And this is comfortable not just in a confidence-inspiring way, but also in quite-a-plush-ride kind of a way.
The slender seatstays promote flex for rear-end comfort. Rather than part-way up the seat tube, these meet the seat tube at the same level as the top tube, which means there's plenty of length for those slim tubes to flex.
Where it needs to be though, the frame is very stiff, with little if any flex noticeable at the bottom bracket area, nor at the front with its tapered head tube.
The fork doesn't let the side down either. The blades are sufficiently stiff for hard cornering efforts or when resisting heavy braking loads.
While I was out riding, I actually passed another rider on a CEXevo coming in the opposite direction. His bike had a more road-focused build, which got me thinking about what other builds I could try.
I was reviewing a set of 36mm WTB Exposure TCS Fast slick tyres at the same time, so I paired those with some deep-section carbon wheels and turned the CEXevo into a large-tyred road bike.
The geometry, while making the steering feel quick off road, feels a little more subdued on tarmac, but in practice this worked well, coping with the greasy, salt-layered surfaces that winter threw at us.
If you are willing to go sans mudguards, then the Handsling would make a very competent commuter or winter trainer. That relaxed, easy-handling front end also makes the CEXevo a pretty handy bikepacking machine.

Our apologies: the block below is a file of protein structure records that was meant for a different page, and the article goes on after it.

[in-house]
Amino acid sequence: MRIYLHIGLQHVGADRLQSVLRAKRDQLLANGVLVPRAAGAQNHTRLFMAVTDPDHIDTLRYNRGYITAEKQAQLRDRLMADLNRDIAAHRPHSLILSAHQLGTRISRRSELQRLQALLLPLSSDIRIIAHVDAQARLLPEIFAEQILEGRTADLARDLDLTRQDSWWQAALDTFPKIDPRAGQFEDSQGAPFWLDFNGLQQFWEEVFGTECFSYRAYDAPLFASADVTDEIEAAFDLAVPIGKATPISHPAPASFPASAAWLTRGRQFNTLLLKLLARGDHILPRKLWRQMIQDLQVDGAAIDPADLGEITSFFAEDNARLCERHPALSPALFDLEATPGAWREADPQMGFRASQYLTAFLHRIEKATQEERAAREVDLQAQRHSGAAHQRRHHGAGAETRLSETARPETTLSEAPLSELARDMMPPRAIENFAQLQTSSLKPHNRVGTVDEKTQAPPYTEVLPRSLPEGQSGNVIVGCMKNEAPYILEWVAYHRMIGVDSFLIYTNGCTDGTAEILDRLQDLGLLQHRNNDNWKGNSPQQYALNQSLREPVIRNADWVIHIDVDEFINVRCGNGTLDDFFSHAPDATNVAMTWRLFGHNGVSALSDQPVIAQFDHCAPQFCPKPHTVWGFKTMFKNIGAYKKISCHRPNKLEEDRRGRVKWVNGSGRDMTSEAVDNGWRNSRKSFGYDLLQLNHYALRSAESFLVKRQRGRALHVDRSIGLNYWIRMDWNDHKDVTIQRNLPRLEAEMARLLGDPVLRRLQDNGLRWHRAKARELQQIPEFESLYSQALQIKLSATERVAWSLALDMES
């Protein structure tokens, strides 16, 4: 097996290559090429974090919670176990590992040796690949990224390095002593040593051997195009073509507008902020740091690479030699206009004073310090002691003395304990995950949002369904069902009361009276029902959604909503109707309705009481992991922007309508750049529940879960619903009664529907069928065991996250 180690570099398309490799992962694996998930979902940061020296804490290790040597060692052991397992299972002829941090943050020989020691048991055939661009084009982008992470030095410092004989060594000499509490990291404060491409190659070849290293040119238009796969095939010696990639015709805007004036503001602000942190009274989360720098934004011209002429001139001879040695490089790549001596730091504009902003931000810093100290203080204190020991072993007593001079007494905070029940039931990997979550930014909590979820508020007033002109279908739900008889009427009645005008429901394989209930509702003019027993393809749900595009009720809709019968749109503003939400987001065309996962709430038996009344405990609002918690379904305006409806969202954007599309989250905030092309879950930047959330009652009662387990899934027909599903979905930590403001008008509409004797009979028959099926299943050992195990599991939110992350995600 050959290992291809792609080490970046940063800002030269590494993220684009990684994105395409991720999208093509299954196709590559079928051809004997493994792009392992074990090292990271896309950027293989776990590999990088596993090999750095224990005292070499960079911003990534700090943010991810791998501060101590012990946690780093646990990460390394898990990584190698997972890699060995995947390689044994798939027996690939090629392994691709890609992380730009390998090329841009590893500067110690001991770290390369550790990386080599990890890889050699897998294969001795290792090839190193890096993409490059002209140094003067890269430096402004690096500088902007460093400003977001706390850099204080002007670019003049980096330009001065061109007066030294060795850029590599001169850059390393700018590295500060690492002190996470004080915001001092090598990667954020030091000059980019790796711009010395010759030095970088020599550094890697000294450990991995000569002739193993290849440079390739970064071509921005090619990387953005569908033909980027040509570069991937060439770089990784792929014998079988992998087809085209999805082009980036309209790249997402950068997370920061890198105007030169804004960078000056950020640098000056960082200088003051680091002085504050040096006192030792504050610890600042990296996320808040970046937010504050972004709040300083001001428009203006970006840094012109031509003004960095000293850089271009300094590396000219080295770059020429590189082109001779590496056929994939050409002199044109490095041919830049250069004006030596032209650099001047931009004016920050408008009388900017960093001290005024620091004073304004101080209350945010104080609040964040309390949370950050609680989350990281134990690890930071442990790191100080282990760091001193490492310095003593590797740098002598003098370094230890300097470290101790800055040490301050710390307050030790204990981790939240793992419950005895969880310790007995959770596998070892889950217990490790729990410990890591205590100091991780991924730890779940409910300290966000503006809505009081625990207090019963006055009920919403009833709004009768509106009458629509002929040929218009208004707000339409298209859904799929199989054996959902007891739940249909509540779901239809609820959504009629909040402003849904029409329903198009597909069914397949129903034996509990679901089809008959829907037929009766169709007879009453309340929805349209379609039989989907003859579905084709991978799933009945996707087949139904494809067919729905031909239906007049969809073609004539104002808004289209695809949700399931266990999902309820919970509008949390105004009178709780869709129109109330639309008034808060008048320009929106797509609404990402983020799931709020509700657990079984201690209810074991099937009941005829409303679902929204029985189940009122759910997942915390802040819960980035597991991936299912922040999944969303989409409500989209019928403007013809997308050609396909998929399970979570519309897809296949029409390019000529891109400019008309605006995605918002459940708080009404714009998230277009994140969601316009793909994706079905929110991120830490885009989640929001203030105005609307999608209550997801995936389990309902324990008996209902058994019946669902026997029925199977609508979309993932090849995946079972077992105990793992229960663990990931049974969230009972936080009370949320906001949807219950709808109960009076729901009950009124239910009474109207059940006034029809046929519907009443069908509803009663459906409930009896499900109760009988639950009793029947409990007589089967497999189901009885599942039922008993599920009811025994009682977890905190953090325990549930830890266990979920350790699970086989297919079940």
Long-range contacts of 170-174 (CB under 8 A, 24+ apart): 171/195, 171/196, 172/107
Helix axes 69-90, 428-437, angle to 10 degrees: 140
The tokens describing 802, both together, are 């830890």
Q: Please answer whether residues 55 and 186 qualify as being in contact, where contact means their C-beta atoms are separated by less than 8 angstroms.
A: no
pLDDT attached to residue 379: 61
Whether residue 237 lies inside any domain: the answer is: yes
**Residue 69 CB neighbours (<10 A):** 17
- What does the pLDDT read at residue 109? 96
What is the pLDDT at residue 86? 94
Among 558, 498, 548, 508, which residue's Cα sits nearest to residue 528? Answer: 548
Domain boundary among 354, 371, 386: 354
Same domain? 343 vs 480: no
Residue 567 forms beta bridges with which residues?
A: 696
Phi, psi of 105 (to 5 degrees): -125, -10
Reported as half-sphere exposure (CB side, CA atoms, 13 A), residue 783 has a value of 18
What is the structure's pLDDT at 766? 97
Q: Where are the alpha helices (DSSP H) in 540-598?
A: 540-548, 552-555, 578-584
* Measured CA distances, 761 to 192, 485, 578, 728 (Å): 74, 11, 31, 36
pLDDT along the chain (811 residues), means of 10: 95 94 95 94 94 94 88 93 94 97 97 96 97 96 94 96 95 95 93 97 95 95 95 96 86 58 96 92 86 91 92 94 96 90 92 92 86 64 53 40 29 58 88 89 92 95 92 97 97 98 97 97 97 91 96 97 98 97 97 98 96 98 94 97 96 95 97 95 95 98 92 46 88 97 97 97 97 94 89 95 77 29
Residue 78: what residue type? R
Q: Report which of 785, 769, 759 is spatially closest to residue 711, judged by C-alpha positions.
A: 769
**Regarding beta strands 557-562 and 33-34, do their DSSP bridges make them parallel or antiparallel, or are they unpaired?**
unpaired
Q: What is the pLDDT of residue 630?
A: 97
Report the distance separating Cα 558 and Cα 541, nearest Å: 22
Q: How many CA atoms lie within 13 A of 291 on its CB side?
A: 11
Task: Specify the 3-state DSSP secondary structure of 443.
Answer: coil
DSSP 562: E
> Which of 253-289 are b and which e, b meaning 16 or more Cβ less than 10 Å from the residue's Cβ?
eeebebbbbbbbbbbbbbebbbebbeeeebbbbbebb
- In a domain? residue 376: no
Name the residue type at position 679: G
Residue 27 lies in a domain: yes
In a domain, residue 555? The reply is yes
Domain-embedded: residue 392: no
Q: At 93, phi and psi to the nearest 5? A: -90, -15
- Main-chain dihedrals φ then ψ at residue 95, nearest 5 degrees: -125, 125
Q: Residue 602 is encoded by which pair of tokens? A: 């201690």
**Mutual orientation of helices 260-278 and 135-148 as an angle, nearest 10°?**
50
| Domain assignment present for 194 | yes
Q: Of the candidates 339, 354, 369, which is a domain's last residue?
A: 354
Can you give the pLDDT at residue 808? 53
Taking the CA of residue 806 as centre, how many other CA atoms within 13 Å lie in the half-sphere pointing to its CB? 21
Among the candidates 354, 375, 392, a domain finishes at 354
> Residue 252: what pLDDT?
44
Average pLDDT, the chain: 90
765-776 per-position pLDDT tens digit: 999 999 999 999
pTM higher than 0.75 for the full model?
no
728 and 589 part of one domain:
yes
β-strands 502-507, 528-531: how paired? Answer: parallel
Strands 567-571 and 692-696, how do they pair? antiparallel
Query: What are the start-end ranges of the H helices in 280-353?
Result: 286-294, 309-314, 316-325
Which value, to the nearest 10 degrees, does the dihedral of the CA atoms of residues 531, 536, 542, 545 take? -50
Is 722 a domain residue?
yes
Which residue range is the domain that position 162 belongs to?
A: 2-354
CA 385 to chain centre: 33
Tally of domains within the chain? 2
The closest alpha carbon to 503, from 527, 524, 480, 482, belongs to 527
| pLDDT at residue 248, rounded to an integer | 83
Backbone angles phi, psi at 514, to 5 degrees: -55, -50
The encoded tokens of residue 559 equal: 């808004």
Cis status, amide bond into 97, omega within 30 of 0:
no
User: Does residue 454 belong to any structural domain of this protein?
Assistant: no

I loaded up the Handsling with a bar bag, frame bag, and saddlebag found it comfortable and confident when it was carrying some weight. It behaved very well during a day-long ride, and when I was feeling shattered towards the end the Handsling was still very easy to live with.
The reality is that the CEXevo is very good at the sort of riding it's designed for – while being just as capable and proving great fun for other applications too.
Frame and Fork
The CEXevo's frame and fork is manufactured from Toray T800-grade carbon fibre in Shenzhen, China, with the frame coming from a mould owned by Handsling.
Rather than being designed from scratch - like their A1R0evo road bike - the CEXevo has been created from an existing mould that has then been adapted to suit Handsling's own design features. Plus they design, and have full control over the specific carbon fibre lay up.